Bowling Alone left off in examining the disintegration of community in 21st-century America"/>
 

The Lonely American: Drifting Apart in the Twenty-First Century

Jacqueline Olds, Author, Richard S. Schwartz, Author
Jacqueline Olds, Author, Richard S. Schwartz, Author Beacon $24.95 (228p) ISBN 978-0-8070-0034-2
Peanut Press/Palm Reader - 241 pages - 978-0-8070-9596-6
Paperback - 336 pages - 978-0-8070-9800-4
Paperback - 228 pages - 978-0-8070-0035-9
Open Ebook - 1 pages - 978-1-299-56250-9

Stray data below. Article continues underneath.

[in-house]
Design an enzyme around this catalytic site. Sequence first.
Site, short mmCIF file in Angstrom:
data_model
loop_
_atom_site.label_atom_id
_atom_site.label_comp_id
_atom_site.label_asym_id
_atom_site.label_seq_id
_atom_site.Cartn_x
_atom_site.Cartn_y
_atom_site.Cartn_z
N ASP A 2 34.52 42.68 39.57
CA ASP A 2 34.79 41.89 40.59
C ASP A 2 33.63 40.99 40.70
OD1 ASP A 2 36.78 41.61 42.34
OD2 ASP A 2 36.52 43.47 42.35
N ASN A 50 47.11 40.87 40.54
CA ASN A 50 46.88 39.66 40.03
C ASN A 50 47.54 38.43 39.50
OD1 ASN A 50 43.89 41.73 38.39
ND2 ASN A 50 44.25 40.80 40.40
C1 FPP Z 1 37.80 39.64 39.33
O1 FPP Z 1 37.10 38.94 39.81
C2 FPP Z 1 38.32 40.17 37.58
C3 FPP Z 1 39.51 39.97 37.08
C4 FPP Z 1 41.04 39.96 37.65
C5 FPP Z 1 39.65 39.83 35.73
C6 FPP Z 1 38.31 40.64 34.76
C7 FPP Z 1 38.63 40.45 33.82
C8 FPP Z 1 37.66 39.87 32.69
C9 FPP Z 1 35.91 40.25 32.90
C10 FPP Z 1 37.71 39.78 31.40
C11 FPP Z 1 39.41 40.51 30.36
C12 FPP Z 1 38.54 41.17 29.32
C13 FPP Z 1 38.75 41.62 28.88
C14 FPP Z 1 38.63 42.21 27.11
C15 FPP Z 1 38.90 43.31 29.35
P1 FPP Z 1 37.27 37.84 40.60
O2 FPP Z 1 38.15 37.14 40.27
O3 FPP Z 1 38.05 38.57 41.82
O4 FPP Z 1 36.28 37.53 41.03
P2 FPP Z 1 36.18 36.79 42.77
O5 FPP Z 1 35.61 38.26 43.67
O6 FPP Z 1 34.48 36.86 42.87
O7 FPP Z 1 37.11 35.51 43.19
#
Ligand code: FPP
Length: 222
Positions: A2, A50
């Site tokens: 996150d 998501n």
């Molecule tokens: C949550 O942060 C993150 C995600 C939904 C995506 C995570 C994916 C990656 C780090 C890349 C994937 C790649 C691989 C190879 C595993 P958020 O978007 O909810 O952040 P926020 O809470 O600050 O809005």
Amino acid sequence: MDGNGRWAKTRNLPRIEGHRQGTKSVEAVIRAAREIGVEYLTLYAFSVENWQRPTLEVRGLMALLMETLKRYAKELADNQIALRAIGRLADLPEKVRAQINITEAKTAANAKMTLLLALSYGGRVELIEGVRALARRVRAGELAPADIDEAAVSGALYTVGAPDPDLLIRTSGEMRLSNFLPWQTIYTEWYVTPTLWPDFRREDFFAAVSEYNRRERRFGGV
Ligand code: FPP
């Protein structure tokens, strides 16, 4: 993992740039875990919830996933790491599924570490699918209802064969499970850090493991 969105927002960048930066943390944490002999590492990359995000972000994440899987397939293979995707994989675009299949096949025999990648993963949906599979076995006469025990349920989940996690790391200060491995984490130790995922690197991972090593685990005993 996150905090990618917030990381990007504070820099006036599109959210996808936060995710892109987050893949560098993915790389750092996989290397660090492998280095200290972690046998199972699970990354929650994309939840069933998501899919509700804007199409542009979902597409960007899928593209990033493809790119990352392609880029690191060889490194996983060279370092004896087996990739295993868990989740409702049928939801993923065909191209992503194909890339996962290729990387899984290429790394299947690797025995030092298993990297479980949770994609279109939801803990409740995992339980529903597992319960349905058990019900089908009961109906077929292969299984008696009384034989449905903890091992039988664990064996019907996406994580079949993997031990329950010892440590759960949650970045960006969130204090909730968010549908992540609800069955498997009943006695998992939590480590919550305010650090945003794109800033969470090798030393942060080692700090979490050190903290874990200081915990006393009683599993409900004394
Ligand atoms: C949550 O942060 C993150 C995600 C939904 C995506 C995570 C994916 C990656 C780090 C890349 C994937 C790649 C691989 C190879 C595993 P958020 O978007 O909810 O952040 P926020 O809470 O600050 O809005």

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This workmanlike book takes up where Robert D. Putnam’s classic Bowling Alone left off in examining the disintegration of community in 21st-century America. Americans, say the authors (both associate clinical professors of psychiatry at Harvard Medical School), have a conflicted views of community: on the one hand, they glorify rugged individualism and, on the other hand, they encourage community and look down on those who cast off community to go it alone. Drawing on interviews with their patients and on numerous studies, Olds and Schwartz point out that being a loner isn’t all it’s cracked up to be, and many who shun community are surprised at how lonely and socially isolated they feel. The authors conclude that Americans drift away from social connections because of the frenetic and overscheduled intensity of modern life as well as the American pantheon of self-reliant heroes. The authors restate what numerous studies have already shown: social isolation can lead to unhappiness and can have a detrimental impact on one’s physical well-being and that of the larger society. The repetitious and slightly haranguing style detracts from, rather than adds to, the authors’ message. (Feb.)

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